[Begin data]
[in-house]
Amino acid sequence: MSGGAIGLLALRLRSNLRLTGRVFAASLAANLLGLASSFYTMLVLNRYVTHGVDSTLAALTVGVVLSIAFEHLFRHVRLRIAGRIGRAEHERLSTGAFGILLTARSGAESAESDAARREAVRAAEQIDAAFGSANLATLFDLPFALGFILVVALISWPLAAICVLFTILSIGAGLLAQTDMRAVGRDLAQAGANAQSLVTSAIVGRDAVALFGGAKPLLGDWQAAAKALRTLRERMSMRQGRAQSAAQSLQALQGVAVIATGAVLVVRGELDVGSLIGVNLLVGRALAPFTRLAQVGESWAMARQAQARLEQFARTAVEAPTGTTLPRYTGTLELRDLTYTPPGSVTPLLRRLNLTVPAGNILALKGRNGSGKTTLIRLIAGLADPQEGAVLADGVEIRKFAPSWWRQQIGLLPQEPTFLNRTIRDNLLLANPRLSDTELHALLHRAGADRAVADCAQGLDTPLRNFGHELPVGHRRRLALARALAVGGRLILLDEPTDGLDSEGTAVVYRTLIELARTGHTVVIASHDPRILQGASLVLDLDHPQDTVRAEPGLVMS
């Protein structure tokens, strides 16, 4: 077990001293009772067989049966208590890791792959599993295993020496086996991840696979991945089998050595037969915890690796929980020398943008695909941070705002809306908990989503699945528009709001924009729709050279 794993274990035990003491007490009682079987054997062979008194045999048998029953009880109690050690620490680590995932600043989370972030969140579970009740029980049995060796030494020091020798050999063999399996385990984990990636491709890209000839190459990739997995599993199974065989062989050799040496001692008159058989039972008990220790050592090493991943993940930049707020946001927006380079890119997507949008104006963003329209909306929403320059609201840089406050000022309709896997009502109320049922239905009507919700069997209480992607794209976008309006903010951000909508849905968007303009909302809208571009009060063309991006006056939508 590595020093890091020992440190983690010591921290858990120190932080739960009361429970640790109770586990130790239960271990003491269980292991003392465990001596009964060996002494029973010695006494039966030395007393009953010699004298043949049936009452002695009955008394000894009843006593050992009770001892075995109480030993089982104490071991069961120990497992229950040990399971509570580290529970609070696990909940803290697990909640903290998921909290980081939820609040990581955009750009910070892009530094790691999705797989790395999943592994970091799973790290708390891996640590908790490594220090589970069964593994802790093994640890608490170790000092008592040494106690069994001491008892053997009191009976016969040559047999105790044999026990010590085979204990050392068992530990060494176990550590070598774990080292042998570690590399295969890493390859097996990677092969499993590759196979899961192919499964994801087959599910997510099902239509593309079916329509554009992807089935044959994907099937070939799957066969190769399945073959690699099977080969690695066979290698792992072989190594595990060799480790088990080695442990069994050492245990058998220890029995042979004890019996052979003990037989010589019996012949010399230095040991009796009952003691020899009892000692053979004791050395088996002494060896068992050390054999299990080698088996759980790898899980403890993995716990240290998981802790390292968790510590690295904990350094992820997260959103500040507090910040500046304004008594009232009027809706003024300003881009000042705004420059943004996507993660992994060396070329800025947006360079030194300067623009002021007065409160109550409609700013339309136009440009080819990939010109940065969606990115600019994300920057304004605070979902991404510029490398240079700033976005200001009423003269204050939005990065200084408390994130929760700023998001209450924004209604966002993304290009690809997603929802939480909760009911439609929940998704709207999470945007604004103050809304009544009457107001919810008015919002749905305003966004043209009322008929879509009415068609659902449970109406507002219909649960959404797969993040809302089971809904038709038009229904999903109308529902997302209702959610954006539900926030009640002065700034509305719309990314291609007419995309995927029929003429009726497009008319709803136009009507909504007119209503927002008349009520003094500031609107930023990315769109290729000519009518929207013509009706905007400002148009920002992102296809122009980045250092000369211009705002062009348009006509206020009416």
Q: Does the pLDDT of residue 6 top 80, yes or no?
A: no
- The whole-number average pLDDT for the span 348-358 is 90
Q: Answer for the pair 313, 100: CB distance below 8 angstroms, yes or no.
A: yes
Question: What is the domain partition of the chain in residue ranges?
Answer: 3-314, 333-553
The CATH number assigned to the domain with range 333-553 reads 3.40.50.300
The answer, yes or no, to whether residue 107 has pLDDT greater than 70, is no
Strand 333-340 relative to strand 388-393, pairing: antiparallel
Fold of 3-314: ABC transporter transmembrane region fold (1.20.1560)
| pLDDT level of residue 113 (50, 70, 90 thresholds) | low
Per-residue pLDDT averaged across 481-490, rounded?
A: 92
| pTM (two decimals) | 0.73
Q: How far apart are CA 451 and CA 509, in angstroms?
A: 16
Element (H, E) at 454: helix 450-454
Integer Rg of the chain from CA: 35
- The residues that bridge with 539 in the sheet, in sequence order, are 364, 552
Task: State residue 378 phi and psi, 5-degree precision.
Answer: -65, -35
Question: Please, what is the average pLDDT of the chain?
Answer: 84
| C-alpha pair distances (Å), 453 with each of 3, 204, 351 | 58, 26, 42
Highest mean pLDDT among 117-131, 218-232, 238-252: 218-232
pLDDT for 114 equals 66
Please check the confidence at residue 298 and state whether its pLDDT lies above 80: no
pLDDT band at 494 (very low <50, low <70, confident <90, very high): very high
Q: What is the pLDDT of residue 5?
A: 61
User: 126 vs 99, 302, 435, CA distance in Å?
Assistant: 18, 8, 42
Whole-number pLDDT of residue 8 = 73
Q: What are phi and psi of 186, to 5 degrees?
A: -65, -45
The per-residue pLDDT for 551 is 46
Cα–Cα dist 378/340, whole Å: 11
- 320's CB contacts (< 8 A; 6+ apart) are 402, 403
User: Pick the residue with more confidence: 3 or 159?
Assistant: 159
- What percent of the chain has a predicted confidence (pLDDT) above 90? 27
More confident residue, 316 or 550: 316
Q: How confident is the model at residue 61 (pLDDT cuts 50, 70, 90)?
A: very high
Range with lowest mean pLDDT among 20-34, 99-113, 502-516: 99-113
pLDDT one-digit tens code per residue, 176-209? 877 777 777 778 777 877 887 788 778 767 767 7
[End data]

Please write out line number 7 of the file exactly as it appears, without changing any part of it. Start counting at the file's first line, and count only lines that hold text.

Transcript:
Q: Answer for the pair 313, 100: CB distance below 8 angstroms, yes or no.